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Little Pink House: A True Story of Defiance and Courage First Edition Edition

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ISBN-13: 978-0446508629
ISBN-10: 0446508624
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Editorial Reviews

From Publishers Weekly

Starred Review. Benedict (The Mormon Way of Doing Business) has taken a complicated court case centered on eminent domain and turned it into a page-turner with a conscience. In 1997, an EMT named Susette Kelo left her husband, bought a cottage and started over in the economically depressed Ft. Trumbull neighborhood of New London, Conn. In February 1998, the New London Development Corporation began trying to muscle the neighborhood into selling homes to make way for a Pfizer research complex. Benedict's passionate account is rife with heroes and villains—he delights in pillorying Kelo's foil, Claire Gaudiani, the president of Connecticut College who lured Pfizer to consider New London. The fight escalated when the city tried exercising eminent domain to seize the homes of Kelo and others who refused to sell, leading to the case, Kelo v. City of New London, reaching the Supreme Court in 2005. Raising important questions about the use of economic development as a justification for displacing citizens, this book will leave readers indignant and inspired. (Feb.)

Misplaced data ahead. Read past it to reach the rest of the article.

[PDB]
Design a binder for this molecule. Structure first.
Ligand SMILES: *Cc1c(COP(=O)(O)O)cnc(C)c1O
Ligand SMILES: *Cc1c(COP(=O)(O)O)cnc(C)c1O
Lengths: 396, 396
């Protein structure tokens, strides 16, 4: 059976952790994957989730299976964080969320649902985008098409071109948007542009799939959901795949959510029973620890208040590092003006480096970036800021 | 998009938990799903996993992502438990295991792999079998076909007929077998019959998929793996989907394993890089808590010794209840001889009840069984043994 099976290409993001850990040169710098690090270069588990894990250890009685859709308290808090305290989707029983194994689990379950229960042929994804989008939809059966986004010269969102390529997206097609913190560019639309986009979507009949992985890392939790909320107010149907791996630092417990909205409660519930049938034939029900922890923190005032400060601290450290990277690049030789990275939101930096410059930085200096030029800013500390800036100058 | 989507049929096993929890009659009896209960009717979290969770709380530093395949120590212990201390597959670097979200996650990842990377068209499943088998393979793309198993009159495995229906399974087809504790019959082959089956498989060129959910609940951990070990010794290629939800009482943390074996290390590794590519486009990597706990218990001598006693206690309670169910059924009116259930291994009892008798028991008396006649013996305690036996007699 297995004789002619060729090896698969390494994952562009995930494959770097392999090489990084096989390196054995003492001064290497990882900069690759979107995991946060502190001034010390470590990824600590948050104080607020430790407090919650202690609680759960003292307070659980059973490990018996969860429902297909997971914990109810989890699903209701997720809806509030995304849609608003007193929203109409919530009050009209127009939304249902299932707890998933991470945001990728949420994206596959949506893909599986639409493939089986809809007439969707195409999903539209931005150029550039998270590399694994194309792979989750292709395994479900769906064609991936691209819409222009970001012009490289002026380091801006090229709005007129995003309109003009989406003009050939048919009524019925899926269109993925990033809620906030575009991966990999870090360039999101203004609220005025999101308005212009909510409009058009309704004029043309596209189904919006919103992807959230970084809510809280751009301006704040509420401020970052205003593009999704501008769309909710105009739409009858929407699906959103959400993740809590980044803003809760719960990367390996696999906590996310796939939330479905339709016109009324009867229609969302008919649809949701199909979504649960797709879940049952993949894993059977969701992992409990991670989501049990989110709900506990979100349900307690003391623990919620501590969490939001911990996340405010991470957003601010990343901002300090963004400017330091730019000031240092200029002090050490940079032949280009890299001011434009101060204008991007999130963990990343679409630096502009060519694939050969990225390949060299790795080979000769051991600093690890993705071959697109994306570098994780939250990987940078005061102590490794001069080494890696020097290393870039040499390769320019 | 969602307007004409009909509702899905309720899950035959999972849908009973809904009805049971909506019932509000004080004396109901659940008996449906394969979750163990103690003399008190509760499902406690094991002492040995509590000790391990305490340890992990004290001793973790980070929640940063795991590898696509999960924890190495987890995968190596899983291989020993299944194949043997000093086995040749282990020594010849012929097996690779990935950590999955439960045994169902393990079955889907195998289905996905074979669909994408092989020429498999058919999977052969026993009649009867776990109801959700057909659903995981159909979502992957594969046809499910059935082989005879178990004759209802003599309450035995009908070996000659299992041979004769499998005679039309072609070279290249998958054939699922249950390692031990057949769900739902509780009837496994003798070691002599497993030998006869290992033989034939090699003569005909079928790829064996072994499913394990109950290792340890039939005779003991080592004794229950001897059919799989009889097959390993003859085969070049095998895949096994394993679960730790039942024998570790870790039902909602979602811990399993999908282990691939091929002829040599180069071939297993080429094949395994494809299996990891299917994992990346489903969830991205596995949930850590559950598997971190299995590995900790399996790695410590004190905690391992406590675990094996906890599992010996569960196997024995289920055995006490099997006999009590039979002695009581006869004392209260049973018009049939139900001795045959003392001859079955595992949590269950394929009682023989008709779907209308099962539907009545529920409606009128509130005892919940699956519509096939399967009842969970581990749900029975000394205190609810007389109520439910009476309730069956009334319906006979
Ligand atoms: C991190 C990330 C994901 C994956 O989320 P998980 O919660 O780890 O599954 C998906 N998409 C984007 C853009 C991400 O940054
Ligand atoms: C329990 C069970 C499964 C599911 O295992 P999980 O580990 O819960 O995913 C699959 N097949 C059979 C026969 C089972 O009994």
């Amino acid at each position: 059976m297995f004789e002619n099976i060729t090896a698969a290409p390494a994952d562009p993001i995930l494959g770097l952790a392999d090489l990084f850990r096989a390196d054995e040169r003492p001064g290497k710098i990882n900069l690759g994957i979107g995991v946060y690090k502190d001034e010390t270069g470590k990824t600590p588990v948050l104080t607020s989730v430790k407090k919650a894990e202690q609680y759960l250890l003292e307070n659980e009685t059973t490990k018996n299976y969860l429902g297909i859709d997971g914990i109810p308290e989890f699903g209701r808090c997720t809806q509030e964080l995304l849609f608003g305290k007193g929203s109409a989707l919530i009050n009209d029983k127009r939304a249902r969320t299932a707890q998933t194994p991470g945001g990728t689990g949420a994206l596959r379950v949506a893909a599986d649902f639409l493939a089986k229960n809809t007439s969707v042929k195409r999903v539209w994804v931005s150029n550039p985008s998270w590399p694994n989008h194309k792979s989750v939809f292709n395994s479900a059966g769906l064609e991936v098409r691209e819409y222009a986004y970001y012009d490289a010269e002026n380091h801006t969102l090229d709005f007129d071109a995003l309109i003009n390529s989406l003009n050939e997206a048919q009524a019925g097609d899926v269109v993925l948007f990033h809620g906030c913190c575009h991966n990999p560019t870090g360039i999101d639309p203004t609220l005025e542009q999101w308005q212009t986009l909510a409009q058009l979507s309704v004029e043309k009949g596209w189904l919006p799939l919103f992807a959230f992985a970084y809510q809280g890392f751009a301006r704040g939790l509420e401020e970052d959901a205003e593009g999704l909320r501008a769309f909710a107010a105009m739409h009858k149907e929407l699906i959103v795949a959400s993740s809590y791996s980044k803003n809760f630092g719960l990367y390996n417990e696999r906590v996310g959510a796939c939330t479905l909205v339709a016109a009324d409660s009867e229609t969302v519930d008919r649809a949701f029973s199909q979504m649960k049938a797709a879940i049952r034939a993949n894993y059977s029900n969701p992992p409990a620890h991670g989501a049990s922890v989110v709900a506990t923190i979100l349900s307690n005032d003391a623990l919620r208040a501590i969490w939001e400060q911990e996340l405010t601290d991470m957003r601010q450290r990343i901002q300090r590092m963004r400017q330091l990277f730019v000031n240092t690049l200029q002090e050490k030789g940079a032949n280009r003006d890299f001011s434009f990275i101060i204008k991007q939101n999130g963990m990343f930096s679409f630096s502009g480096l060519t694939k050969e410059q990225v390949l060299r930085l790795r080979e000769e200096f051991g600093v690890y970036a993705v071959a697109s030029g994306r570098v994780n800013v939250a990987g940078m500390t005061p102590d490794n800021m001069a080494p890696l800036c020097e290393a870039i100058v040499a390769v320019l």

Copyright © Reed Business Information, a division of Reed Elsevier Inc. All rights reserved.


* 'Passionate...A page-turner with conscience...will leave readers indignant and inspired. PUBLISHERS WEEKLY

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Product Details

  • Hardcover: 416 pages
  • Publisher: Grand Central Publishing; First Edition edition (January 26, 2009)
  • Language: English
  • ISBN-10: 0446508624
  • ISBN-13: 978-0446508629
  • Product Dimensions: 6 x 1.1 x 9 inches
  • Shipping Weight: 1.4 pounds (View shipping rates and policies)
  • Average Customer Review: 4.6 out of 5 stars  See all reviews (54 customer reviews)
  • Amazon Best Sellers Rank: #163,848 in Books (See Top 100 in Books)

More About the Author